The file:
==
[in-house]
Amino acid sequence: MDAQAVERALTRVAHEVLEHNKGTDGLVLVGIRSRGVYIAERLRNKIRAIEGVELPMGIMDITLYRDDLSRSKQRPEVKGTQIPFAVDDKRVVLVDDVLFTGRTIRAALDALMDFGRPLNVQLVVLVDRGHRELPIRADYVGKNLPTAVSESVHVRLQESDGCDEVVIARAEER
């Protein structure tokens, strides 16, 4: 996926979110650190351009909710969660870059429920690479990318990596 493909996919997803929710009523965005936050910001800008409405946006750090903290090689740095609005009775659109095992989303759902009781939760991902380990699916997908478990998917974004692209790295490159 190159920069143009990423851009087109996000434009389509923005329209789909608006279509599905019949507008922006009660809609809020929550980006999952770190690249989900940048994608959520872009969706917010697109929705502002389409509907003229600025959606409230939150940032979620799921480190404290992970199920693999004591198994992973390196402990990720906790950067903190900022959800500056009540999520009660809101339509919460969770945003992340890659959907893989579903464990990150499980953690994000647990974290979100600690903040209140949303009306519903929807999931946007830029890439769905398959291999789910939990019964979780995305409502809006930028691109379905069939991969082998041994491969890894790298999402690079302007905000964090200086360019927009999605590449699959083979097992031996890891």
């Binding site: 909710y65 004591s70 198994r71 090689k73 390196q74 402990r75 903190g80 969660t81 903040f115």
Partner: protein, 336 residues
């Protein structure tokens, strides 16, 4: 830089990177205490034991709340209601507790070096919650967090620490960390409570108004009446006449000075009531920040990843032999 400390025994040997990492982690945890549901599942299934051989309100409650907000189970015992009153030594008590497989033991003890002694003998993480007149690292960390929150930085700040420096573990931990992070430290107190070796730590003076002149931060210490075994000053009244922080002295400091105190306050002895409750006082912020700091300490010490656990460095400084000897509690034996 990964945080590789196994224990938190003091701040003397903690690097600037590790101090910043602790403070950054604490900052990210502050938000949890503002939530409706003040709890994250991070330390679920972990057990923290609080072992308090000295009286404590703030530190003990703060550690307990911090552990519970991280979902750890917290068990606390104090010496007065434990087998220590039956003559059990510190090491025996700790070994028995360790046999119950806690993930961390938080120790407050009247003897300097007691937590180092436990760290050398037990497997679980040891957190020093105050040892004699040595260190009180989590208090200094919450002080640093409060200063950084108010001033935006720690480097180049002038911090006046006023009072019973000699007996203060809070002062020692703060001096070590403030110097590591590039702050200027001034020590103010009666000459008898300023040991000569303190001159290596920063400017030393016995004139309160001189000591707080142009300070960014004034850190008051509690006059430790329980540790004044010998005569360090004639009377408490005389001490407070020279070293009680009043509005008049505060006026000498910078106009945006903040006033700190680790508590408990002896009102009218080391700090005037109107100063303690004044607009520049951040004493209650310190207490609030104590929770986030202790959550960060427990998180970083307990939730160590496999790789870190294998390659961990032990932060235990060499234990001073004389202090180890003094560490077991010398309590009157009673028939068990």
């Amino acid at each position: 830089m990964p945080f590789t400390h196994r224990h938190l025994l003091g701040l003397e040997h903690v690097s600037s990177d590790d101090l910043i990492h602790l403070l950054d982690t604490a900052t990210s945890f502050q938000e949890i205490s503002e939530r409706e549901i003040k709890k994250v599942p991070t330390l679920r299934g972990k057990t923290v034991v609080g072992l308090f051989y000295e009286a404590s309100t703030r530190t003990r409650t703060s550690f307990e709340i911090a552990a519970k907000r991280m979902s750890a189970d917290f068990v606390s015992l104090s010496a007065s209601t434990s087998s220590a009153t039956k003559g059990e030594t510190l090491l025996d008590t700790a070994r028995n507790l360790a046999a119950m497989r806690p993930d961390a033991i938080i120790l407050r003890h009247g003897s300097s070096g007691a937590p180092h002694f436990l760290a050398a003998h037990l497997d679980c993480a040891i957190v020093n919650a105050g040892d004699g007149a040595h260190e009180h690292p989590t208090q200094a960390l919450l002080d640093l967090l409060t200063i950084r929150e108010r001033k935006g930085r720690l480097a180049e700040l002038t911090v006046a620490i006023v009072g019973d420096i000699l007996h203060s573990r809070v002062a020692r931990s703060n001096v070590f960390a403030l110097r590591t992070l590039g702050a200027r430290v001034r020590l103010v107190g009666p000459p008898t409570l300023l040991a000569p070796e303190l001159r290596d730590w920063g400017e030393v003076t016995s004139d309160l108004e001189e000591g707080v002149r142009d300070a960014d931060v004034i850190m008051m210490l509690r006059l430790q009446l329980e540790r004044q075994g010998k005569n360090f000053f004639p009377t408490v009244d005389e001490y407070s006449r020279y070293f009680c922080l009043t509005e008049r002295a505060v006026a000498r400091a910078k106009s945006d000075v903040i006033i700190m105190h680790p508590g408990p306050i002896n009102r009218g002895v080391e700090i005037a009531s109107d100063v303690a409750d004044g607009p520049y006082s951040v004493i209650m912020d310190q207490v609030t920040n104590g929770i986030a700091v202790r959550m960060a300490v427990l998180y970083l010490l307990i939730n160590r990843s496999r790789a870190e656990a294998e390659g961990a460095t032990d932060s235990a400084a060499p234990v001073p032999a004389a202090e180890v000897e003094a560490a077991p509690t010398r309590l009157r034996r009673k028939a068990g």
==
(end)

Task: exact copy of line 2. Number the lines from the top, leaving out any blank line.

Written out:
Amino acid sequence: MDAQAVERALTRVAHEVLEHNKGTDGLVLVGIRSRGVYIAERLRNKIRAIEGVELPMGIMDITLYRDDLSRSKQRPEVKGTQIPFAVDDKRVVLVDDVLFTGRTIRAALDALMDFGRPLNVQLVVLVDRGHRELPIRADYVGKNLPTAVSESVHVRLQESDGCDEVVIARAEER